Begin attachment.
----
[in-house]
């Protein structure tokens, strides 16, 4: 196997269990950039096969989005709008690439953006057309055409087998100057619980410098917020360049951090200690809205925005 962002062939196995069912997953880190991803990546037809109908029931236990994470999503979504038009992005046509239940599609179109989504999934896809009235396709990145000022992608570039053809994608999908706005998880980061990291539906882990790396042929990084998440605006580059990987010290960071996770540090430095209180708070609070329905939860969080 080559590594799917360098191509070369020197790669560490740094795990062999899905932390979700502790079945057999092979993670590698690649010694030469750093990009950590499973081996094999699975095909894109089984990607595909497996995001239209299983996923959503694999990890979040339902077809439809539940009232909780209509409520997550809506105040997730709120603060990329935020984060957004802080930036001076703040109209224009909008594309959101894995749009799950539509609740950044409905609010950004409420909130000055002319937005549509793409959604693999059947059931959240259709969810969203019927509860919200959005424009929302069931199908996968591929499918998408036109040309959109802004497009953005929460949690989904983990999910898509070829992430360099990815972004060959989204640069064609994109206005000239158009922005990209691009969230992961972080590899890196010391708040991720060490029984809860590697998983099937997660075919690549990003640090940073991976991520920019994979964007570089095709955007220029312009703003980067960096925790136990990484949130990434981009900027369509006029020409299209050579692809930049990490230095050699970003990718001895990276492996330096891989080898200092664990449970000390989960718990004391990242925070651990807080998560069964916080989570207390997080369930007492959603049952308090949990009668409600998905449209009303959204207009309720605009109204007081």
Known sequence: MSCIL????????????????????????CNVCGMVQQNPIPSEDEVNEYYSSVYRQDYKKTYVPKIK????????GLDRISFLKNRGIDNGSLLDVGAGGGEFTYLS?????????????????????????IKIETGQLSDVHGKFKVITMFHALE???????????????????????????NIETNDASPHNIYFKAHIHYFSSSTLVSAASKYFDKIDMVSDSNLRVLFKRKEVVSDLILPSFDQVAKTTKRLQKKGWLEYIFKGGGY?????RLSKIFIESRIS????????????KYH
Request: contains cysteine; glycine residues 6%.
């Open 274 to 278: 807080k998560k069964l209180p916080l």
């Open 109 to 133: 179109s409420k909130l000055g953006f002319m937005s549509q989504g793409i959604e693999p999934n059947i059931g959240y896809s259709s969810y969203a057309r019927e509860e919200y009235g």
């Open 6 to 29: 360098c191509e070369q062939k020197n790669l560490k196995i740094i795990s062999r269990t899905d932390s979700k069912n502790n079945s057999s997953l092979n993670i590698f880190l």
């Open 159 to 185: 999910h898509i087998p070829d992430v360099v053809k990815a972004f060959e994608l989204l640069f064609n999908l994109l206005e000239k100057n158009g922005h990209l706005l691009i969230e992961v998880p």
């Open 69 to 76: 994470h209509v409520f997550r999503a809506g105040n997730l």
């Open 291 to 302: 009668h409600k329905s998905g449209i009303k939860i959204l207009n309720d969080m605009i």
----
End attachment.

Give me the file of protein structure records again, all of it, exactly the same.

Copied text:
[in-house]
């Protein structure tokens, strides 16, 4: 196997269990950039096969989005709008690439953006057309055409087998100057619980410098917020360049951090200690809205925005 962002062939196995069912997953880190991803990546037809109908029931236990994470999503979504038009992005046509239940599609179109989504999934896809009235396709990145000022992608570039053809994608999908706005998880980061990291539906882990790396042929990084998440605006580059990987010290960071996770540090430095209180708070609070329905939860969080 080559590594799917360098191509070369020197790669560490740094795990062999899905932390979700502790079945057999092979993670590698690649010694030469750093990009950590499973081996094999699975095909894109089984990607595909497996995001239209299983996923959503694999990890979040339902077809439809539940009232909780209509409520997550809506105040997730709120603060990329935020984060957004802080930036001076703040109209224009909008594309959101894995749009799950539509609740950044409905609010950004409420909130000055002319937005549509793409959604693999059947059931959240259709969810969203019927509860919200959005424009929302069931199908996968591929499918998408036109040309959109802004497009953005929460949690989904983990999910898509070829992430360099990815972004060959989204640069064609994109206005000239158009922005990209691009969230992961972080590899890196010391708040991720060490029984809860590697998983099937997660075919690549990003640090940073991976991520920019994979964007570089095709955007220029312009703003980067960096925790136990990484949130990434981009900027369509006029020409299209050579692809930049990490230095050699970003990718001895990276492996330096891989080898200092664990449970000390989960718990004391990242925070651990807080998560069964916080989570207390997080369930007492959603049952308090949990009668409600998905449209009303959204207009309720605009109204007081």
Known sequence: MSCIL????????????????????????CNVCGMVQQNPIPSEDEVNEYYSSVYRQDYKKTYVPKIK????????GLDRISFLKNRGIDNGSLLDVGAGGGEFTYLS?????????????????????????IKIETGQLSDVHGKFKVITMFHALE???????????????????????????NIETNDASPHNIYFKAHIHYFSSSTLVSAASKYFDKIDMVSDSNLRVLFKRKEVVSDLILPSFDQVAKTTKRLQKKGWLEYIFKGGGY?????RLSKIFIESRIS????????????KYH
Request: contains cysteine; glycine residues 6%.
């Open 274 to 278: 807080k998560k069964l209180p916080l």
């Open 109 to 133: 179109s409420k909130l000055g953006f002319m937005s549509q989504g793409i959604e693999p999934n059947i059931g959240y896809s259709s969810y969203a057309r019927e509860e919200y009235g």
């Open 6 to 29: 360098c191509e070369q062939k020197n790669l560490k196995i740094i795990s062999r269990t899905d932390s979700k069912n502790n079945s057999s997953l092979n993670i590698f880190l």
């Open 159 to 185: 999910h898509i087998p070829d992430v360099v053809k990815a972004f060959e994608l989204l640069f064609n999908l994109l206005e000239k100057n158009g922005h990209l706005l691009i969230e992961v998880p």
């Open 69 to 76: 994470h209509v409520f997550r999503a809506g105040n997730l």
């Open 291 to 302: 009668h409600k329905s998905g449209i009303k939860i959204l207009n309720d969080m605009i």